- Five Days in August: How World War II Became a Nuclear War
On the sixth of August 1945 the city of Hiroshima was destroyed by an atomic bomb. Two days later the Red Army attacked and overwhelmed the Japanese Kwantung Army in Manchuria; and on the ninth of August a second bomb struck Nagasaki. Three weeks previously, U.S. intelligence had learned from intercepted signals that the Japanese government had informed the Russians that the emperor “desires from his heart that [the war] may be quickly terminated.” Around the same time (mid-July), when President Harry Truman received Joseph Stalin’s assurance at the Potsdam Conference that the Red Army attack was forthcoming, he noted: “Fini Japs when that comes about.” And the following day he wrote to his wife: “I’ve gotten what I came for—Stalin goes to war August 15 . . . I’ll say that we’ll end the war a year sooner now.” The war was rapidly winding down and its end was near.
In those early days of August, the atomic bomb figured prominently in American war planning. It was rightfully regarded as a special weapon. Two billion dollars had been spent on the Manhattan Project, and Hiroshima and Nagasaki had been preserved as pristine targets to display the atomic bomb’s full effect. Two days after the successful test of the bomb, Truman noted in his diary: “Believe Japs will fold up before Russia comes in . . . I am sure they will when Manhattan [the bomb] appears over their homeland.”
In Five Days in August, Michael Gordin attempts to construct a revisionist account of the ending of the war that is in contrast with this “standard picture”—the “typical history” as “usually presented.” Against the evidence that Truman expected a quick end of the war, Gordin makes an unsubstantiated claim that “the sudden surrender of the Japanese caught Washington rather off-guard.” Without any citation, and in the face of Truman’s statement, Gordin asserts that “[a]lmost nobody before 14 August thought that two bombs would be sufficient” (p. 7). And against clear evidence that the bomb was regarded in the highest circles of the American government as a very special weapon, Gordin asserts, again without citation and without clarification of a confusing statement, that “many military planners and influential politicians considered the atomic bomb to be, at least in some degree, an ‘ordinary’ weapon—certainly special, even unique, in some sense, but decidedly not in the senses we appreciate today” (p. 6).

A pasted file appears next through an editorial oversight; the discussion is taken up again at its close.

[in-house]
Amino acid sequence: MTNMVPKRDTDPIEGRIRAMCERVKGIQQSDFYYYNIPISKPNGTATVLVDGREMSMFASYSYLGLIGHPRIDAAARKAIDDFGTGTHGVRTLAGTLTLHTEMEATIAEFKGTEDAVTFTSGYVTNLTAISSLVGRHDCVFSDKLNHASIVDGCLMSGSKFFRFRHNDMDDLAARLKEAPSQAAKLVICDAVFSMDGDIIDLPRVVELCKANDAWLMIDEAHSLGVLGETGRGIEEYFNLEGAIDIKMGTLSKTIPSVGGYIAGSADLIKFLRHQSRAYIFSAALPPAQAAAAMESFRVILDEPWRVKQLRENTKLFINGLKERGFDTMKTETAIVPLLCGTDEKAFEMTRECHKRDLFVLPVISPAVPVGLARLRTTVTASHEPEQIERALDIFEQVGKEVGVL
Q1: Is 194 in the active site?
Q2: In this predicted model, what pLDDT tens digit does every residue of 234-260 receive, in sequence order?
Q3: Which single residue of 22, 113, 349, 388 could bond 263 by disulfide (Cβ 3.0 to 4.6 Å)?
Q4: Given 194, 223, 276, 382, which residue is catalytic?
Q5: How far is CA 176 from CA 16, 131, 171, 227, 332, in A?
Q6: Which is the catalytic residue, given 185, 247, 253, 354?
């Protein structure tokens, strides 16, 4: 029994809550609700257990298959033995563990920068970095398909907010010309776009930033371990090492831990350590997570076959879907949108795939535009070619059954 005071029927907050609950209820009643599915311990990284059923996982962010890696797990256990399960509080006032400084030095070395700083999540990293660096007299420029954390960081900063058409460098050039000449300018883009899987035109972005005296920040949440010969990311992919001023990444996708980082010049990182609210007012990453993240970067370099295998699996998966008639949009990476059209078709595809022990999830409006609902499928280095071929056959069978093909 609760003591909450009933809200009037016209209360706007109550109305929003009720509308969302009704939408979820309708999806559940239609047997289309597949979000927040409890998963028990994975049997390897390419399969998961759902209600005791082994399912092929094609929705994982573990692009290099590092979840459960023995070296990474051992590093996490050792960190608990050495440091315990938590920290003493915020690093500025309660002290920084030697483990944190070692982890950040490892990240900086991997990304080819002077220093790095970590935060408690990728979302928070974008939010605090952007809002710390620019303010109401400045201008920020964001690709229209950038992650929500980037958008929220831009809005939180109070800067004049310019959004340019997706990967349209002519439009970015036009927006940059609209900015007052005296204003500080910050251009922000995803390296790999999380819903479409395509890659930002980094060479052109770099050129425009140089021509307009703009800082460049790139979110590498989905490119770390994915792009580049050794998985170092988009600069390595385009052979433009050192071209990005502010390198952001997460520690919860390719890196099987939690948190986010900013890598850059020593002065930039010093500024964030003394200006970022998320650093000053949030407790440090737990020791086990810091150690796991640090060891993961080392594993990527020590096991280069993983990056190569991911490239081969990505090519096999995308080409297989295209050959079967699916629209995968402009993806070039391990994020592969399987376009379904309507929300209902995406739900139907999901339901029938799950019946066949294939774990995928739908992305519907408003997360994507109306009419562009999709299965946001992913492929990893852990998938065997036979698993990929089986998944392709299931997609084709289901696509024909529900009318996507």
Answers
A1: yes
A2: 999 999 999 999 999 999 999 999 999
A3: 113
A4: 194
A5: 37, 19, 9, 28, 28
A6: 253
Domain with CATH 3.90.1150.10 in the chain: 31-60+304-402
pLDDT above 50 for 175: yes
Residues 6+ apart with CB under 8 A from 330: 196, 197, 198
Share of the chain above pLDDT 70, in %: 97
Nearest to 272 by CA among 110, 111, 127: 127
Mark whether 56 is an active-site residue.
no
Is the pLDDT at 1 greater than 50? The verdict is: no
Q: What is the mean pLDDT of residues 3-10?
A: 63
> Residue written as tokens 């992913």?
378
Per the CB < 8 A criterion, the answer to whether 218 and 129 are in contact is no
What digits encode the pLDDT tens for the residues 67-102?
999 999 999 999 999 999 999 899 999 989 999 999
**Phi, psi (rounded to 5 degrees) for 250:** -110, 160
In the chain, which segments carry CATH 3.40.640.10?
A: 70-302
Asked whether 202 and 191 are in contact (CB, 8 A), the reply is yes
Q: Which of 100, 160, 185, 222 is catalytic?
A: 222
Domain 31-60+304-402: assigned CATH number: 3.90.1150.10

When the bomb was used three weeks later, Truman justified it militarily on the grounds that it forestalled an invasion of Japan and ended the war without additional casualties (“think of the kids that won’t be killed!”). He also justified it morally and legally on the grounds that Hiroshima (he claimed) was a military target. The entangled issues of military, legal, and [End Page 812] moral justifications have been hotly debated in the “typical history.” Gordin strives for originality by rephrasing the issues. He separates the military and moral justifications for using the bomb: “the issue of military justification of the atomic bombings simply did not appear as a live question for Truman or his advisers” (p. 7). And he says nothing about any legal justification. Telford Taylor, who was chief American prosecutor at the Nuremberg war crimes trials, judged the attack on Nagasaki to have been a war crime on the grounds that, since Japan was already beaten, the second bomb served no military purpose; see Nuremberg and Vietnam: An American Tragedy (1970), p. 143: “The rights and wrongs of Hiroshima are debatable, but I have never heard a plausible justification of Nagasaki. It is difficult to contest the judgment that Dresden and Nagasaki were war crimes.”
It is questionable whether the military, legal, and moral issues can be properly separated. The historian is obligated to make a careful review of those reputed separations and not casually postulate them. Though Gordin has read extensively, his method is...